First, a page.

Knowing Your Role

Believe it or not, your teen’s safety behind the wheel starts with you. Learn why staying focused and being a role model can help your teen stay safe on the road.

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What is Your Role?

As a parent, you have a bigger impact on your teen’s driving than anyone else. Learn how being a role model can help your teen
be safe behind the wheel.

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What Is Your Role?

What role do you play in your teen’s safety behind the wheel?

Right now, your teen’s driving is influenced more by you than anyone else. Take every opportunity you can to talk to your teen about the seriousness of driving, and the skills and attitudes that are necessary to guarantee their success. And don’t forget – they are watching everything you do behind the wheel. Your job is to pass on your experience and knowledge to your teen in a positive way so you can help reinforce their positive driving habits. In the end, no matter how much coaching or education you give to your teen, they will eventually drive just like you.

Here are a few things you can do:


Be a positive role model when you’re behind the wheel.


When in doubt, do your research! We hope our site, among others, can help provide information on driving specifics when you find there’s something you want clarified or explained.


Set aside time every week devoted to just teaching your teen to drive. Don’t do it on the way to a place you both need to be, but devote the time to teaching, practical exercises, and lessons to make them identify the right driving decisions and behaviors.

How do you become a better role model? 

The best instruction you can give your teen is your own behavior. Be the kind of driver you want your teen to be. And as a result, maybe your own driving habits will improve. After all, teens start learning to drive the moment their car seat faces forward. They will imitate your driving habits, good and bad. It's never too late for all of us to work on safer driving habits. Show your teen that all of us need to treat driving as a serious responsibility. And not just when you're learning, but for life.

Your role also is to coach, which will require endless patience. By remaining calm and showing that you care about and love them, you will improve your "working" relationship with your teen.

Which of your own driving qualities do you most want your teen to emulate?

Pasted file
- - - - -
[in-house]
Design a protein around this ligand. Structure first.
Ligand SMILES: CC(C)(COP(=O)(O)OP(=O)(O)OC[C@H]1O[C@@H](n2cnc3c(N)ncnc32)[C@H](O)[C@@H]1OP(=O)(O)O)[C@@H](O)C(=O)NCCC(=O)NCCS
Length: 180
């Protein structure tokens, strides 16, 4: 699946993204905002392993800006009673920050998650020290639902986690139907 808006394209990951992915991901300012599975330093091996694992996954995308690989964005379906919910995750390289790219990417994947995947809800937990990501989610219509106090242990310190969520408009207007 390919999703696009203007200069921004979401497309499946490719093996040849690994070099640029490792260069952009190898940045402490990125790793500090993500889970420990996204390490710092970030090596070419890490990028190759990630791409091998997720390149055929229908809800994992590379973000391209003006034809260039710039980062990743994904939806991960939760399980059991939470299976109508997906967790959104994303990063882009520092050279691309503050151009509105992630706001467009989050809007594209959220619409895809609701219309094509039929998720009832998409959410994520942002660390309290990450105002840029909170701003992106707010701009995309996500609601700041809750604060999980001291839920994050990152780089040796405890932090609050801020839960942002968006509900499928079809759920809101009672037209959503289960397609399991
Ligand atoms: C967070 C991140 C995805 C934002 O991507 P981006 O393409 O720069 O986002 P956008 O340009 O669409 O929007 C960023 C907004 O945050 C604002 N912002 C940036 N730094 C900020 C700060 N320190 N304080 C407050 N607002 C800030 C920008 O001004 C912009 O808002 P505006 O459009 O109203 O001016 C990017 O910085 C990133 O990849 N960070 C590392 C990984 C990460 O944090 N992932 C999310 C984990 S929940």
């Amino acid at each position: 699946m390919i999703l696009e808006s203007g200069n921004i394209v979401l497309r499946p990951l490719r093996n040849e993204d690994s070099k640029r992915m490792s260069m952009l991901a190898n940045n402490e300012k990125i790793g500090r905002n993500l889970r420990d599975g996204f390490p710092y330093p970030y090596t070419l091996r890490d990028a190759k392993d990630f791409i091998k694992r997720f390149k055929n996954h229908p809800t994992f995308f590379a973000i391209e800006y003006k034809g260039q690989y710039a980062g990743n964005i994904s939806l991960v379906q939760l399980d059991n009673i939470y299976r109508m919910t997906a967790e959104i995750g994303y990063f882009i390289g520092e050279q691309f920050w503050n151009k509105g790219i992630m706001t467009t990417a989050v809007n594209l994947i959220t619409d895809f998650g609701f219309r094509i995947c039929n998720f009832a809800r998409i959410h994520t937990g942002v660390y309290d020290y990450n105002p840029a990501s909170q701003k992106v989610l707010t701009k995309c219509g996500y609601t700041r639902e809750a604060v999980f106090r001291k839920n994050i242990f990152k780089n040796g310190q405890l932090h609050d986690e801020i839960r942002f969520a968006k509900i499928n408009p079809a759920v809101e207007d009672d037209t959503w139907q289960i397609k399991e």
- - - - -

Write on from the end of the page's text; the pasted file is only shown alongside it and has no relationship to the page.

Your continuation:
Why? Do you practice defensive driving? Are you obeying all traffic laws? Are you avoiding aggressive behaviors? If so, good job! You're setting a great example for your teen.

What driving behaviors of yours do you want your teen driver to avoid? 

Why? Do you text, talk or email on the phone while driving? Do you multi-task by putting on makeup, shaving or eating while you drive? Your teen will follow your example. Telling your teen to "do as I say, not as I do" is a weak argument and you will lose your credibility as their driving instructor.

Lastly, don't forget to point out the good things they do, not just the bad. By doing this, you reward and encourage the good behaviors and decisions, and the teen feels positive and confident behind the wheel.

Your teen’s safety starts with you.

As an adult you probably have years of experience behind the wheel, but you still need to review your own driving knowledge. Do you know your state's laws? You may need a refresher. Check your state's division of motor vehicles website for specific information.

Make sure you're aware of the distracted driving laws in your area. Visit for information. There you will find detailed state-by-state laws, as well as relevant facts.


  • Check your driving habits. Make sure you play it safe so your teen does too.
  • Don't use a phone to talk, email or text while driving
  • Don't eat or drink behind the wheel
  • Don't speed
  • Stay focused and don't drive impaired
  • Come to a complete stop at red lights and stop signs
  • Set clear boundaries about acceptable behavior for passengers
  • Check your set up behind the wheel for the correct position of the mirrors, hands on the steering wheel, and seating position


There’s also room to give your teen a “healthy paranoia” behind the wheel to make them more aware of how to be a safe but defensive driver.


  • Eyes up and visualize ahead
  • Be aware of your surroundings
  • Look out for everything
  • Create room to move
  • Be predictable


Are you ready to be a coach? You don’t need special training to teach your teen to drive, and while you may not feel prepared to take on the role of Driver’s Ed instructor, this responsibility falls on parents most of the time.

You play a vital role when your teen is learning how to drive. You may be a good driver, but you likely don't know how to teach someone else to drive. And teaching teens presents its own challenges. Try to take yourself out of the parenting role and think like a coach. What makes a good coach? Think back to those who influenced you while you were growing up. Write a list of those positive attributes and how you look up to that coach. Don’t you want to be that kind of influence on your teen? Just like you should be the kind of driver you want your teen to become, try to be the kind of driving coach you want them to have.